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    ABSTRACT: Two new tetranuclear copper(II) complexes [Cu4(μ4-O)(L1)Cl4] (1) and [Cu4(μ4-O)(L2)2Cl4] (2), where H2L1 is a macrocyclic ligand resulting from [2+2] condensation of 2,6-diformyl-4-methylphenol (DFF) and 1,3-bis(aminopropyl)tetramethyldisiloxane, and HL2 is a 1:2 condensation product of DFF with trimethylsilyl p-aminobenzoate, have been prepared. The structures of the products were established by X-ray diffraction. The complexes have been characterised by FTIR, UV/Vis spectroscopy, ESI mass-spectrometry and magnetic susceptibility measurements. The latter revealed that the tetranuclear complexes can be described as two ferromagnetically coupled dinuclear units, in which the two copper(II) ions interact antiferromagnetically. The compounds act as homogeneous catalyst precursors for a number of single-pot reactions, including (i) hydrocarboxylation, with CO, H2O and K2S2O8, of a variety of linear and cyclic(n = 5–8) alkanes into the corresponding Cn+1 carboxylic acids, (ii) peroxidative oxidation of cyclohexane, and (iii) solvent-free microwave-assisted oxidation of 1-phenylethanol.
    Berichte der deutschen chemischen Gesellschaft 08/2014; · 2.97 Impact Factor
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    ABSTRACT: In this study, the indoloquinoline backbone and piperazine were combined to prepare indoloquinoline-piperazine hybrids and their ruthenium- and osmium-arene complexes in an effort to generate novel antitumor agents with improved aqueous solubility. In addition, the position of the metal-binding unit was varied, and the effect of these structural alterations on the aqueous solubility and antiproliferative activity of their ruthenium- and osmium-arene complexes was studied. The indoloquinoline-piperazine hybrids L(1-3) were prepared in situ and isolated as six ruthenium and osmium complexes [(η(6)-p-cymene)M(L(1-3))Cl]Cl, where L(1) = 6-(4-methylpiperazin-1-yl)-N-(pyridin-2-yl-methylene)-11H-indolo[3,2-c]quinolin-2-N-amine, M = Ru ([1a]Cl), Os ([1b]Cl), L(2) = 6-(4-methylpiperazin-1-yl)-N-(pyridin-2-yl-methylene)-11H-indolo[3,2-c]quinolin-4-N-amine, M = Ru ([2a]Cl), Os ([2b]Cl), L(3) = 6-(4-methylpiperazin-1-yl)-N-(pyridin-2-yl-methylene)-11H-indolo[3,2-c]quinolin-8-N-amine, M = Ru ([3a]Cl), Os ([3b]Cl). The compounds were characterized by elemental analysis, one- and two-dimensional NMR spectroscopy, ESI mass spectrometry, IR and UV-vis spectroscopy, and single-crystal X-ray diffraction. The antiproliferative activity of the isomeric ruthenium and osmium complexes [1a,b]Cl-[3a,b]Cl was examined in vitro and showed the importance of the position of the metal-binding site for their cytotoxicity. Those complexes containing the metal-binding site located at the position 4 of the indoloquinoline scaffold ([2a]Cl and [2b]Cl) demonstrated the most potent antiproliferative activity. The results provide important insight into the structure-activity relationships of ruthenium- and osmium-arene complexes with indoloquinoline-piperazine hybrid ligands. These studies can be further utilized for the design and development of more potent chemotherapeutic agents.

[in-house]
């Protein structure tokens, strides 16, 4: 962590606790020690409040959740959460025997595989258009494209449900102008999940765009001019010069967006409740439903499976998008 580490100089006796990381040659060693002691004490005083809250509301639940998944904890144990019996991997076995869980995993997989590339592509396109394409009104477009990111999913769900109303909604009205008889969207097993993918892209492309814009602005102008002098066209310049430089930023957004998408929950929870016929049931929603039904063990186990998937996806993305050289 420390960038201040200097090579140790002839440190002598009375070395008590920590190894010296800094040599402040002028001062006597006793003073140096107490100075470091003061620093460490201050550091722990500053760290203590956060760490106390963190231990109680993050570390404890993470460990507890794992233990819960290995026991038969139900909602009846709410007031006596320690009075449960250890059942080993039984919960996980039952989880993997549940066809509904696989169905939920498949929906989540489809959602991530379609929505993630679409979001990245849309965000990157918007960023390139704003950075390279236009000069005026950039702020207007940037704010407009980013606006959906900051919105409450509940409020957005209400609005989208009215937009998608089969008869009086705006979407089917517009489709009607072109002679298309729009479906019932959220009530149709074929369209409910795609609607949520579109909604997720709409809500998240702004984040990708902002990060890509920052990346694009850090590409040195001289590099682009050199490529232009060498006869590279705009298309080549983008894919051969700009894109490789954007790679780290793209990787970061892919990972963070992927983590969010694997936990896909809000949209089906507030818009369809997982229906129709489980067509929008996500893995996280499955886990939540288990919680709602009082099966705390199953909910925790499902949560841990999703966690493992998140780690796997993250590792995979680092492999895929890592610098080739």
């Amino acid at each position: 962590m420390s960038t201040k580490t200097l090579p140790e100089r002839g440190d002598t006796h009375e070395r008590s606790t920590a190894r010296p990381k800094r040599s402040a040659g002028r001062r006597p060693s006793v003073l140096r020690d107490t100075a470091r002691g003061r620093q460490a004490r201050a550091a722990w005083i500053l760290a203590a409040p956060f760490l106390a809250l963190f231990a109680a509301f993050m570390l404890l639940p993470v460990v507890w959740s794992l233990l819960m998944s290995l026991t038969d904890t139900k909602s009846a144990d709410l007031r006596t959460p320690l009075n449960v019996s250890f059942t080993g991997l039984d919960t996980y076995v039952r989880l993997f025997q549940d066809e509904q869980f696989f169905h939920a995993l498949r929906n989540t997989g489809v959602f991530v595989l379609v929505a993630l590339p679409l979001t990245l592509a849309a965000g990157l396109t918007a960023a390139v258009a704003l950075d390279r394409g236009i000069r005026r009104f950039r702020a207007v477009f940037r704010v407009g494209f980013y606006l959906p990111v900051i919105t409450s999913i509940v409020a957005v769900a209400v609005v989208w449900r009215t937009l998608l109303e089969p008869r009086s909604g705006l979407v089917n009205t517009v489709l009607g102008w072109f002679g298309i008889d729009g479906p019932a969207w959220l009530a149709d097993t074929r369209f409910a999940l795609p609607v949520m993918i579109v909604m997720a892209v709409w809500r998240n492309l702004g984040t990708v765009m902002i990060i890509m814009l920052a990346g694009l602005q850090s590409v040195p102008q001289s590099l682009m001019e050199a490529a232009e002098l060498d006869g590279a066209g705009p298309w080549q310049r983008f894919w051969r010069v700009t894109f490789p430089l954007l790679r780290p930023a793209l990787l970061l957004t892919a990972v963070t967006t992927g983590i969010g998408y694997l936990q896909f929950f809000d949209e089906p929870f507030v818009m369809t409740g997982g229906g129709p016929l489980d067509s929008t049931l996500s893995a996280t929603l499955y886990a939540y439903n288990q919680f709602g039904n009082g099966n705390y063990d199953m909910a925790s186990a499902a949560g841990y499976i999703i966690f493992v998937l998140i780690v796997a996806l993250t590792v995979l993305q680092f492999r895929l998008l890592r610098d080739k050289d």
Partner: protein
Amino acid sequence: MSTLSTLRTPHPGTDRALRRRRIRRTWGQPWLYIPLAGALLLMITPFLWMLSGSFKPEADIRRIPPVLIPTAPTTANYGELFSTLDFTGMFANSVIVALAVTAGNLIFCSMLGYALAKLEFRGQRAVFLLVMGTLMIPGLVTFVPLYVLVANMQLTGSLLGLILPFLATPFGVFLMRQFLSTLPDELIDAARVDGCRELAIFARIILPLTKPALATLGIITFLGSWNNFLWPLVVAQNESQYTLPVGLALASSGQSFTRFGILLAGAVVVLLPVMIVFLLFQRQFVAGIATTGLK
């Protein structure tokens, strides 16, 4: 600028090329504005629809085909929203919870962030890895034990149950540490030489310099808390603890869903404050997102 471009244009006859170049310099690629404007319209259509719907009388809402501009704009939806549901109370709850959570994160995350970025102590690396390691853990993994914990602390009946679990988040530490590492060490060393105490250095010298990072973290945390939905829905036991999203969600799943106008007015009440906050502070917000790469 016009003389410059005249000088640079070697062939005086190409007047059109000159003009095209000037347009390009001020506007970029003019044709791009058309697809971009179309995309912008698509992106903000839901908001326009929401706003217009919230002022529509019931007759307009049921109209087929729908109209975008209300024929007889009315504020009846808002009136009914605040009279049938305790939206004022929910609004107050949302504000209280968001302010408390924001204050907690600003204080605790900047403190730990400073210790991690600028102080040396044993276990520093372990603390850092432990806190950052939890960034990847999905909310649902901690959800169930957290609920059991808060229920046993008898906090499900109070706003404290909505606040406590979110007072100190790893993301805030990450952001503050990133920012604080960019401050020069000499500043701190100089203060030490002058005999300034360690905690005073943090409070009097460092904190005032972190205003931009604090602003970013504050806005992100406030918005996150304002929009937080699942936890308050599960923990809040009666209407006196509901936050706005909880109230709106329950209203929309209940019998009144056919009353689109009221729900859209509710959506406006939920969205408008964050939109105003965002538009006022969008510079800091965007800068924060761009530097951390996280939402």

Inorganic Chemistry 06/2014; · 4.79 Impact Factor
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    Chemical Physics 06/2014; · 2.03 Impact Factor
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    ABSTRACT: Bismuth-Gallium co-doped silica glass fiber preform was prepared from nano-porous silica xerogels using a conventional solution doping technique with a heterotrinuclear complex and subsequent sintering. Ga-connected optical Bismuth active center (BAC) was identified as the analogue of Al-connected BAC. Visible and infrared photoluminescence (PL) were investigated in a wide temperature range of 1.46 - 300 K. Based on the results of the continuous wave (CW) and time resolved (TR) spectroscopy we identify the centers emitting in the spectral region of 480 - 820 nm as Bi<sup>+</sup> ions. The near infrared (NIR) PL around 1100 nm consists of two bands. While the first one can be ascribed to the transition in Bi<sup>+</sup> ion, the second band is presumably associated to defects. We put in evidence the energy transfer (ET) between Bi<sup>+</sup> ions and the second NIR emitting center via quadrupole-quadrupole and dipole-quadrupole mechanisms of interactions. Finally, we propose the energy level diagram of Bi<sup>+</sup> ion interacting with this defect.
    Optics Express 03/2014; 22(5):5659-74. · 3.53 Impact Factor